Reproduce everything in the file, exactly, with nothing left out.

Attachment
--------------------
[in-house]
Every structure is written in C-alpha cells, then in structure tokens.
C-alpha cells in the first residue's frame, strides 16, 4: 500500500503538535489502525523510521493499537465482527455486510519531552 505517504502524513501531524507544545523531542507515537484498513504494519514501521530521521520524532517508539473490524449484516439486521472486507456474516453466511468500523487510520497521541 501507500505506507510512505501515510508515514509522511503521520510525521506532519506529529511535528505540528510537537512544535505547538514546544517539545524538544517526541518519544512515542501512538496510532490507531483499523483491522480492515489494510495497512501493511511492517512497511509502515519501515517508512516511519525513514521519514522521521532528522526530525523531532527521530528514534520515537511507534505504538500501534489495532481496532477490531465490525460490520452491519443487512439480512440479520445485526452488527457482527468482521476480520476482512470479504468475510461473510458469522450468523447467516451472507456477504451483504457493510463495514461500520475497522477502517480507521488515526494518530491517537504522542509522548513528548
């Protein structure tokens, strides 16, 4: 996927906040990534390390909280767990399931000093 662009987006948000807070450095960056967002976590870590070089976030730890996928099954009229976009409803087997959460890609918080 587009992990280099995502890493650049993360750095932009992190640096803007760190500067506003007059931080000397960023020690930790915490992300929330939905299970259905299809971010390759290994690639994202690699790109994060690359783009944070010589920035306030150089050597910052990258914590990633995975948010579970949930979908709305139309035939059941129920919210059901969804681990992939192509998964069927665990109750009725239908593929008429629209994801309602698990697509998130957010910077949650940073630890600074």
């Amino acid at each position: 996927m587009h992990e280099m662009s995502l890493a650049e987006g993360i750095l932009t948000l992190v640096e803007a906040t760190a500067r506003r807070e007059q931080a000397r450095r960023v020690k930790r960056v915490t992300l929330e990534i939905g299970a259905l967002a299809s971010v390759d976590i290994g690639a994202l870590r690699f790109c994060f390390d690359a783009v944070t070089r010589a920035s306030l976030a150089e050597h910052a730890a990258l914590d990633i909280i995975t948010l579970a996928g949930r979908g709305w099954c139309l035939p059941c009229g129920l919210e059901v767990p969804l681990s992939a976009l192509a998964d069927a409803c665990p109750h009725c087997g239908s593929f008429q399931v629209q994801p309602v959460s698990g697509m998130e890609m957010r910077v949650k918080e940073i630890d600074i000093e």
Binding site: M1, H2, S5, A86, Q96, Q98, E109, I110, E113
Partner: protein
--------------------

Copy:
[in-house]
Every structure is written in C-alpha cells, then in structure tokens.
C-alpha cells in the first residue's frame, strides 16, 4: 500500500503538535489502525523510521493499537465482527455486510519531552 505517504502524513501531524507544545523531542507515537484498513504494519514501521530521521520524532517508539473490524449484516439486521472486507456474516453466511468500523487510520497521541 501507500505506507510512505501515510508515514509522511503521520510525521506532519506529529511535528505540528510537537512544535505547538514546544517539545524538544517526541518519544512515542501512538496510532490507531483499523483491522480492515489494510495497512501493511511492517512497511509502515519501515517508512516511519525513514521519514522521521532528522526530525523531532527521530528514534520515537511507534505504538500501534489495532481496532477490531465490525460490520452491519443487512439480512440479520445485526452488527457482527468482521476480520476482512470479504468475510461473510458469522450468523447467516451472507456477504451483504457493510463495514461500520475497522477502517480507521488515526494518530491517537504522542509522548513528548
């Protein structure tokens, strides 16, 4: 996927906040990534390390909280767990399931000093 662009987006948000807070450095960056967002976590870590070089976030730890996928099954009229976009409803087997959460890609918080 587009992990280099995502890493650049993360750095932009992190640096803007760190500067506003007059931080000397960023020690930790915490992300929330939905299970259905299809971010390759290994690639994202690699790109994060690359783009944070010589920035306030150089050597910052990258914590990633995975948010579970949930979908709305139309035939059941129920919210059901969804681990992939192509998964069927665990109750009725239908593929008429629209994801309602698990697509998130957010910077949650940073630890600074």
């Amino acid at each position: 996927m587009h992990e280099m662009s995502l890493a650049e987006g993360i750095l932009t948000l992190v640096e803007a906040t760190a500067r506003r807070e007059q931080a000397r450095r960023v020690k930790r960056v915490t992300l929330e990534i939905g299970a259905l967002a299809s971010v390759d976590i290994g690639a994202l870590r690699f790109c994060f390390d690359a783009v944070t070089r010589a920035s306030l976030a150089e050597h910052a730890a990258l914590d990633i909280i995975t948010l579970a996928g949930r979908g709305w099954c139309l035939p059941c009229g129920l919210e059901v767990p969804l681990s992939a976009l192509a998964d069927a409803c665990p109750h009725c087997g239908s593929f008429q399931v629209q994801p309602v959460s698990g697509m998130e890609m957010r910077v949650k918080e940073i630890d600074i000093e």
Binding site: M1, H2, S5, A86, Q96, Q98, E109, I110, E113
Partner: protein